Now and Then: Recalling Flin Flon's flashy Fifties

The Fifties in Flin Flon were fabulous. Mine production was booming, Provincial Trunk Highway 10 was finally opened, and teenage boys were driving their dad’s flashy new cars around town.

Three major events come to mind in this flashback to the Fifties.

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It was on a sunny, June day in 1953 that the loyal citizens of Flin Flon and area celebrated the coronation of their new Queen, Elizabeth II. A massive parade to salute Her Majesty wound its way from its assembly point on Third Avenue at the bottom of the Hundred Stairs. It snaked its way up Callinan Lane to Main Street and on to Phantom Lake. I shuffle-marched the route as a member of the Elks Band.

The Legion Colour Party and the HBM&S Pipe Band led the way. The Elks Town Band played in the centre of the parade amongst scores of commercial and community floats, decorated cars and bicycles.

A marvellous replica of the coronation carriage, along with our very own “Queen” and her costumed escorts, was the highlight. The carriage was the work of the many talented hands at HBM&S and the local artistic community.

This carriage was on display at Phantom Lake for a number of years. Its ultimate fate is unknown to me.

The Fifties also brought the fabulous Flin Flon Trout Festival, which was first held in 1950. My dad, Art Dodds, took me to one of the first organizational meetings that was held in the sewing room at the Jubilee Hall. I was about 10 years old at the time and recall that Jack Freedman, Tom Dobson and Bud Jobin were among those in attendance. Everyone seemed to agree that the town needed a summer festival. Someone made a motion, it was approved by all and thus the festival was born.

The Trout Festival featured big events all around, including Bakers’ Narrows Day with water skiing demonstrations in the channel, and Beaver Lake Day with junior prospector competitions, flour packing and jigging contests. Phantom Lake Day brought out the whole town. There was the Main Street Fair, talent was brought in for the evening stage shows at the community hall and the dance at the Jubilee Hall. Of course, the Gold Rush Canoe Derby was the highlight as local and visiting canoeists fought hard for honours.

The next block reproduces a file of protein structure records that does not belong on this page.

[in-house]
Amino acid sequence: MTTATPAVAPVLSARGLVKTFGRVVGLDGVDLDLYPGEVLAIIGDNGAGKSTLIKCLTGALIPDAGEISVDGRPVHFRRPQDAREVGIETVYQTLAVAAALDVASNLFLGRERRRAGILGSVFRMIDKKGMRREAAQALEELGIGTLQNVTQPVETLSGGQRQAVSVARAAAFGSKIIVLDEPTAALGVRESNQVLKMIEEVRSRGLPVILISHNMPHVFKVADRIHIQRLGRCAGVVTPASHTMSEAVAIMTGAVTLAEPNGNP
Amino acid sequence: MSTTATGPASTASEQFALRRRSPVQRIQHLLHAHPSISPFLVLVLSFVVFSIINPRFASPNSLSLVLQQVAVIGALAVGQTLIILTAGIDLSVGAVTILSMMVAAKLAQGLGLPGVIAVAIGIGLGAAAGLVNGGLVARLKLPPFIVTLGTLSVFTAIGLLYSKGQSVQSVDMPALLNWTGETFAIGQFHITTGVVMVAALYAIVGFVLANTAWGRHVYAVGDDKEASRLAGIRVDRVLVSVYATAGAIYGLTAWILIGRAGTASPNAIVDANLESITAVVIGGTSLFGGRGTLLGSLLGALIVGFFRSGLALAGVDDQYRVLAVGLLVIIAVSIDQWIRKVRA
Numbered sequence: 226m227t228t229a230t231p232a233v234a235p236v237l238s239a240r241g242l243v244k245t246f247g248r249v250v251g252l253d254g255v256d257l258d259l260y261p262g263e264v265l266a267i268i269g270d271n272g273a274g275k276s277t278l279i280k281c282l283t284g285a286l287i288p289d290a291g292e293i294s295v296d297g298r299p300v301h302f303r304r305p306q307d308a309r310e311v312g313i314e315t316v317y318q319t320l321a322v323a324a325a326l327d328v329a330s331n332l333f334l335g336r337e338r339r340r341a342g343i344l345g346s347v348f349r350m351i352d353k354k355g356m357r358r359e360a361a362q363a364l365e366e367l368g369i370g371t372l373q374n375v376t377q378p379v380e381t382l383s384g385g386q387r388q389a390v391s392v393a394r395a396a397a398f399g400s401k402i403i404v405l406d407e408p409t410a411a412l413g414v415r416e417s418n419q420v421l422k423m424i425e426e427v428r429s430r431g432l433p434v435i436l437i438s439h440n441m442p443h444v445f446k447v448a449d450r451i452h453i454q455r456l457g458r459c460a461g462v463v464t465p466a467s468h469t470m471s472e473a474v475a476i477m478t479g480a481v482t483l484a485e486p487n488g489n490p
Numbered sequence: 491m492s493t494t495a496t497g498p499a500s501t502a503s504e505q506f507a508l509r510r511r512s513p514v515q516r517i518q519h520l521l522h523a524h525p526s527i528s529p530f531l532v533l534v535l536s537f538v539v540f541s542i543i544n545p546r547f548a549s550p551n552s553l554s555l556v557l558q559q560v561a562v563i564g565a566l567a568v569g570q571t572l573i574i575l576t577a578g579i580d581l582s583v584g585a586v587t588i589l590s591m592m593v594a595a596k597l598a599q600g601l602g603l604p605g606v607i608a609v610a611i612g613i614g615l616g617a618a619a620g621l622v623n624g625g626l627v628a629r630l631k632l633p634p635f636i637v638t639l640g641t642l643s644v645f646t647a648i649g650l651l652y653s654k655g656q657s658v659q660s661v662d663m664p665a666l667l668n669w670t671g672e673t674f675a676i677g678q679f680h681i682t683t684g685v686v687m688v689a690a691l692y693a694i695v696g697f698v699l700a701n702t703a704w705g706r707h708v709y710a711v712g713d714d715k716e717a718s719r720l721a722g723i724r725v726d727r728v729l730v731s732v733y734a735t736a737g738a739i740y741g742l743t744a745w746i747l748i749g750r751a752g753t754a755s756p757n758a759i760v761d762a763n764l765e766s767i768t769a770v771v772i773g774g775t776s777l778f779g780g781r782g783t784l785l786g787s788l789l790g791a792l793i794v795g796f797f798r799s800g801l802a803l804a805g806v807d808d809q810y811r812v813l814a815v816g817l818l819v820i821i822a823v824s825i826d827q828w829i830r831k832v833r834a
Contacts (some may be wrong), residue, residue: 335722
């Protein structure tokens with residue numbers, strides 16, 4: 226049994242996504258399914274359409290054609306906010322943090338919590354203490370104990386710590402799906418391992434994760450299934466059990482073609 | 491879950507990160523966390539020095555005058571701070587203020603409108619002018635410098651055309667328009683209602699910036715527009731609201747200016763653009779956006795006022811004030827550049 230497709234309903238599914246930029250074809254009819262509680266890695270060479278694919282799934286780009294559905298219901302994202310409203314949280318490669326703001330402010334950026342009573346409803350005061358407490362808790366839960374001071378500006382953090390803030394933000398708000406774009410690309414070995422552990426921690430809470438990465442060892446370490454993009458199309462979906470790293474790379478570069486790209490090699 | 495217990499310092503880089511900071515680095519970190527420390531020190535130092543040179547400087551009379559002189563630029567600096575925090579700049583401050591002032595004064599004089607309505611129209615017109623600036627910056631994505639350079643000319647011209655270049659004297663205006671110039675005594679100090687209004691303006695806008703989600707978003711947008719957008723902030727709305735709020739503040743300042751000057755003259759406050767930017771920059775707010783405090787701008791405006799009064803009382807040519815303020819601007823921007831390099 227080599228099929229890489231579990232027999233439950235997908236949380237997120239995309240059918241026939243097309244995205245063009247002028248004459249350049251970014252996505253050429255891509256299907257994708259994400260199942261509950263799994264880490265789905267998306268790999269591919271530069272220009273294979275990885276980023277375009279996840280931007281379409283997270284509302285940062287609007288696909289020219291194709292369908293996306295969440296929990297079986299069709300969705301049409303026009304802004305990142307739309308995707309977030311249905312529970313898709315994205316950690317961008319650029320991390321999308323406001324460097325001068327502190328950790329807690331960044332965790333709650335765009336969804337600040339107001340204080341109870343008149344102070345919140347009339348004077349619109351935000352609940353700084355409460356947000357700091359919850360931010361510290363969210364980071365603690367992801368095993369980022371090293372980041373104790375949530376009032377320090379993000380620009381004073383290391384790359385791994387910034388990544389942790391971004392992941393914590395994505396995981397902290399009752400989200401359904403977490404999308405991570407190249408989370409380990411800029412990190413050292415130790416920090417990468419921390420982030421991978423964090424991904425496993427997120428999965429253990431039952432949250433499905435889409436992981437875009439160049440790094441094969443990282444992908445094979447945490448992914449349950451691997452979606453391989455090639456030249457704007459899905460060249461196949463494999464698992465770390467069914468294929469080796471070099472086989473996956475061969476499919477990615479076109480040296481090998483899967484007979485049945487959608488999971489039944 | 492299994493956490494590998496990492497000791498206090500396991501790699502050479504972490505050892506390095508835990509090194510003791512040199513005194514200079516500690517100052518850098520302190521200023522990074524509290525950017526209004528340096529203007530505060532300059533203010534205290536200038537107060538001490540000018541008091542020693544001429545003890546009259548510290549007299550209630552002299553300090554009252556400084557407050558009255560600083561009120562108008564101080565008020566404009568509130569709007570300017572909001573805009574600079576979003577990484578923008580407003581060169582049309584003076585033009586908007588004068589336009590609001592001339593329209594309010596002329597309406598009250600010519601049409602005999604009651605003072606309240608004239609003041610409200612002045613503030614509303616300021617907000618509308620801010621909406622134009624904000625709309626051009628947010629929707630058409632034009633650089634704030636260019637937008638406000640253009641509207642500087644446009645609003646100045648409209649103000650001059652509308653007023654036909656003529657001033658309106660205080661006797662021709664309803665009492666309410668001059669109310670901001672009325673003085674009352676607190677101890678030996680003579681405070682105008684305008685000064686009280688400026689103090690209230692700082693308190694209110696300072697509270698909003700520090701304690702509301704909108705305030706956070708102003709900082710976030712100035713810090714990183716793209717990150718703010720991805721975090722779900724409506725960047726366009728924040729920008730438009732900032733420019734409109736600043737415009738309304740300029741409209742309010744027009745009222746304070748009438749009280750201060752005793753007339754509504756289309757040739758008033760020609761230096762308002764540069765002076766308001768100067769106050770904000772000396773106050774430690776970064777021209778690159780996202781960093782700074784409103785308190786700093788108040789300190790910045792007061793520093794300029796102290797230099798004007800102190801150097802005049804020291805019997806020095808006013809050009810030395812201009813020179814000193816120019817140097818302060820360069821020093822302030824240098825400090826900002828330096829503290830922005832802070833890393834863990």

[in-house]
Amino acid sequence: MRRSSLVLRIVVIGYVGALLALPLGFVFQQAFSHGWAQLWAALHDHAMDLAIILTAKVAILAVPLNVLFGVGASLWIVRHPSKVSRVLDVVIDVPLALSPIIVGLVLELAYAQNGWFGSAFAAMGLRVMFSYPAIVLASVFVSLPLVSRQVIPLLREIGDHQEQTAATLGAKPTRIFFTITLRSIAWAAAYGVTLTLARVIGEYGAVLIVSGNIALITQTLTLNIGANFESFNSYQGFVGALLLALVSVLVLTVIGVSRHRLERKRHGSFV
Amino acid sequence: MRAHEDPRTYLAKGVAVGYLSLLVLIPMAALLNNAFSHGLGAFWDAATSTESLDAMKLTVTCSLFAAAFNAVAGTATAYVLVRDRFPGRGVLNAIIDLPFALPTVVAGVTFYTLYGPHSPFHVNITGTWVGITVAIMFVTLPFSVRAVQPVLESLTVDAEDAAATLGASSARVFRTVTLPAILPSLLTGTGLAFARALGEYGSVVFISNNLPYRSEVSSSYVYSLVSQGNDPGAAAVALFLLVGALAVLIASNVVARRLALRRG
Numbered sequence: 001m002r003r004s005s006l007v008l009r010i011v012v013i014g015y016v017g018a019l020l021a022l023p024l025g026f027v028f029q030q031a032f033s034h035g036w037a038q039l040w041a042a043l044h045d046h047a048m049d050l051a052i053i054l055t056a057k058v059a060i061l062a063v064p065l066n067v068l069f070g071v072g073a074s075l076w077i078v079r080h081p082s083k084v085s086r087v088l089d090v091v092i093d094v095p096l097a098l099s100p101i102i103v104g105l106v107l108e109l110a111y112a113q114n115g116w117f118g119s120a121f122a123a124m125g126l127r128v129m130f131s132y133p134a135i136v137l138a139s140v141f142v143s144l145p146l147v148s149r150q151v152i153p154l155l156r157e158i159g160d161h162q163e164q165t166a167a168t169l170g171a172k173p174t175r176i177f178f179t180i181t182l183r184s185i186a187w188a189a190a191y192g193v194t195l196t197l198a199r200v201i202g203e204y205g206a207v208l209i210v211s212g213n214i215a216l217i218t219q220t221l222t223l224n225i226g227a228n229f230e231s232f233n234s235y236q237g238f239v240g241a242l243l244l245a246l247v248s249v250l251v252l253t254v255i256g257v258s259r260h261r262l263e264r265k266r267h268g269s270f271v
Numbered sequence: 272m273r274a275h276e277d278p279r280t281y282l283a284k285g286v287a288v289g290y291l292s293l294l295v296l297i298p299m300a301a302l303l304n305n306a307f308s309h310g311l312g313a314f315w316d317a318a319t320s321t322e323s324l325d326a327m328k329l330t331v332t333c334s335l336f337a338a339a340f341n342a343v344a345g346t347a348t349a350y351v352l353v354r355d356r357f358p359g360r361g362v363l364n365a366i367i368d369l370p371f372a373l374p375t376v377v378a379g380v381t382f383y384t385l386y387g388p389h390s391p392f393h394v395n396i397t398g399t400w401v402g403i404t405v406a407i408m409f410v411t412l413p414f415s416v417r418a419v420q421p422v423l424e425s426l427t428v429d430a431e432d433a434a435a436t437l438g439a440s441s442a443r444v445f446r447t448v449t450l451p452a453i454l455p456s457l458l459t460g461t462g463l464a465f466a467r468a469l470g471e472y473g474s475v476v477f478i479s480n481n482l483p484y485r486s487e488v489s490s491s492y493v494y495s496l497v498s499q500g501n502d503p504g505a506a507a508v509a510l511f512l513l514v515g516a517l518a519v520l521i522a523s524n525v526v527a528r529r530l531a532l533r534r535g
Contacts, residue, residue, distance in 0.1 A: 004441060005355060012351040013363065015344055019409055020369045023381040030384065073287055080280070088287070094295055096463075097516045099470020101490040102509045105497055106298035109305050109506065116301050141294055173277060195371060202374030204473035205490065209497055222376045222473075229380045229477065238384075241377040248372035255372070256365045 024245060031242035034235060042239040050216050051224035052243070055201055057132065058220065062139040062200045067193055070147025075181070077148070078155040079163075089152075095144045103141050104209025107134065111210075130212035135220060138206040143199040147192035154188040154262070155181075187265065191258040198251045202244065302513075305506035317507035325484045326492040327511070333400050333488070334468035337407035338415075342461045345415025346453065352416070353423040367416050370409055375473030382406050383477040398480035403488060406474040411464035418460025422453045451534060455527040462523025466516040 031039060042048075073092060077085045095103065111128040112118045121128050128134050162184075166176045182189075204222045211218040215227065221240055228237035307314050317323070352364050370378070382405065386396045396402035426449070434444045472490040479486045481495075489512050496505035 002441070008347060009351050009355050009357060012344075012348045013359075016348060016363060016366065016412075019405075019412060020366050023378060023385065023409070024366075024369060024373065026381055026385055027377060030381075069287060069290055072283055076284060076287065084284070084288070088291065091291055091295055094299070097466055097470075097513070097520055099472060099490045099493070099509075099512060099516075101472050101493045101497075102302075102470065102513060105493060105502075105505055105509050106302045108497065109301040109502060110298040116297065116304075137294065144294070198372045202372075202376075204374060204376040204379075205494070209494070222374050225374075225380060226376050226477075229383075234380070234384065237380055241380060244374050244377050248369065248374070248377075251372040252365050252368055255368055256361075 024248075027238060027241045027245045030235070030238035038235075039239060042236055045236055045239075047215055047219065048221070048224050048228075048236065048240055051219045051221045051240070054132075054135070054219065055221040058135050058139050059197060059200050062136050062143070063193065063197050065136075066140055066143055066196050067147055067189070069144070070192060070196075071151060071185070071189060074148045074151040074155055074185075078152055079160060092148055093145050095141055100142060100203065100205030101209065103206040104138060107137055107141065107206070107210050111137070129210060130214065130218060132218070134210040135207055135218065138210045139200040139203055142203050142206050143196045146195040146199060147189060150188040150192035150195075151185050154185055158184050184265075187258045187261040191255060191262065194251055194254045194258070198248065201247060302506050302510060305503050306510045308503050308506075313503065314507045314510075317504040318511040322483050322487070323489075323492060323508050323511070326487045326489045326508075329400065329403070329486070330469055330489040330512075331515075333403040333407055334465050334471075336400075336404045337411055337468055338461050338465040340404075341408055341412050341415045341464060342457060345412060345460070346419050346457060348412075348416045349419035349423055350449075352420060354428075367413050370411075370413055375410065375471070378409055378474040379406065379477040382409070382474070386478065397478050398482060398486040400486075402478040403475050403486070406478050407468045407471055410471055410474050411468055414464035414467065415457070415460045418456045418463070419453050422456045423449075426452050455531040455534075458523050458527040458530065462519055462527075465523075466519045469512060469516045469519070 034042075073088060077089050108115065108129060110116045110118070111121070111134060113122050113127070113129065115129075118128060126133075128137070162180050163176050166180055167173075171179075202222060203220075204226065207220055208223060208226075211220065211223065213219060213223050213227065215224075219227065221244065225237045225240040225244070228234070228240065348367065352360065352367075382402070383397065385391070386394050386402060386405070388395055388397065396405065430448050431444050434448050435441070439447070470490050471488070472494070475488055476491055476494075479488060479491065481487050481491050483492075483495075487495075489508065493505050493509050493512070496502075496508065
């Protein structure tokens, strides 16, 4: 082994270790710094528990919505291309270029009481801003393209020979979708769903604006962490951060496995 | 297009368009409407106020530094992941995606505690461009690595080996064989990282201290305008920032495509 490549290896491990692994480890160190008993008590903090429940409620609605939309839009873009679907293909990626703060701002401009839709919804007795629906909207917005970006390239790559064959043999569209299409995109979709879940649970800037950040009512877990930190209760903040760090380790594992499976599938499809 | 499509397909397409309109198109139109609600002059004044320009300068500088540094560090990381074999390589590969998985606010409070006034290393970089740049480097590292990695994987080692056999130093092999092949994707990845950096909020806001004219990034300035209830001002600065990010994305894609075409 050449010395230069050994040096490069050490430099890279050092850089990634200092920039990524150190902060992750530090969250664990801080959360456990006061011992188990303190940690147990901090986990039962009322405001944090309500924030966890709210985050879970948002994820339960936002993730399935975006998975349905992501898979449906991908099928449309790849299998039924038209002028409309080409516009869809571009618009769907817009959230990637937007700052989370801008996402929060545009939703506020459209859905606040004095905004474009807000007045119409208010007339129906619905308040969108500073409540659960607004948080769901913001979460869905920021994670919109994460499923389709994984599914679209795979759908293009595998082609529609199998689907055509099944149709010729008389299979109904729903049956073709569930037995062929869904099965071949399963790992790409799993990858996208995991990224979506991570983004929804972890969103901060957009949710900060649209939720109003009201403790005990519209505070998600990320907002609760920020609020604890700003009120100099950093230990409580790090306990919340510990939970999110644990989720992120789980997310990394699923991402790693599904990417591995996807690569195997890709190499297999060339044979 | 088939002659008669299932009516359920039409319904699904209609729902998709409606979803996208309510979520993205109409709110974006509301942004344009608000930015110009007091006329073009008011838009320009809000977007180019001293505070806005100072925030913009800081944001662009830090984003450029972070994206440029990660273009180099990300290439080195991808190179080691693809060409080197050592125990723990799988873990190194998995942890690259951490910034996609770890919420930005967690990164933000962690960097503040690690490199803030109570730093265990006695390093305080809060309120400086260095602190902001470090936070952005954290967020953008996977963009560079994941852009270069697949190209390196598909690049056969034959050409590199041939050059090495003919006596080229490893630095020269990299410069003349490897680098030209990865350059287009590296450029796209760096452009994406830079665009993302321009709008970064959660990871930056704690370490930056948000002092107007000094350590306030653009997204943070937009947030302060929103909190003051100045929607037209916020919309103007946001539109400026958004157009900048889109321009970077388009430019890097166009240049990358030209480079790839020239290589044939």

The Fish Fries of that era saw lot of beverages guzzled down at Willowpark Curling Rink, all in the name of northern celebration.

Aside from enjoying the festival festivities, I made a few hard-earned dollars selling car or boat and trailer “Share In the North” raffle tickets on Main Street. You had to have a ticket to participate in the fish derby, vote for your favorite Queen Mermaid and enter to win the draw prizes. Paydays were the best days for ticket sales at Ostry’s corner.

The most memorable Fifties event of all was in 1957, when our fabulous Flin Flon Bombers defeated the Ottawa Junior Canadiens to bring home the Memorial Cup. The Bombers received massive hometown support, including a telegram that included the names of several hundred Flin Flon fans. I think it cost 25 cents to have one’s name included on the telegram.

The winning game was played in Regina and broadcast live on CFAR. I’d bet there wasn’t a car moving on the streets during the game, but the town just exploded with joy when our boys took the cup. A massive crowd gathered on Main Street that night with shouting, cheering fans wild with delight. CFAR had live reports from the scene and there was even a conga line formed.

The Bombers returned home via train and were met by a delegation at Channing Station. Convertible cars carried the team as they toured the town down Green Street to Willowvale and then uptown via Third Avenue. A stage had been built in front of the post office and a massive crowd gathered to honour “Our boys. Our Bombers.”

The Bombertown tribute show at the Community Hall was a deeply moving experience for me. That time and those days, I think, are part of the DNA of anyone who experienced them.

Boy, this sure stirred up a lot of memories for me and, hopefully, for those who lived “on the rocks” in those fabulous Flin Flon times.

End note: Thanks to Hugh Spencer for noting the correct Modern Dairies slogan (last month’s column): “You can ‘whip’ our cream, but you can’t beat our milk.”

Got any comments or reflections on this column? Contact Vincent at

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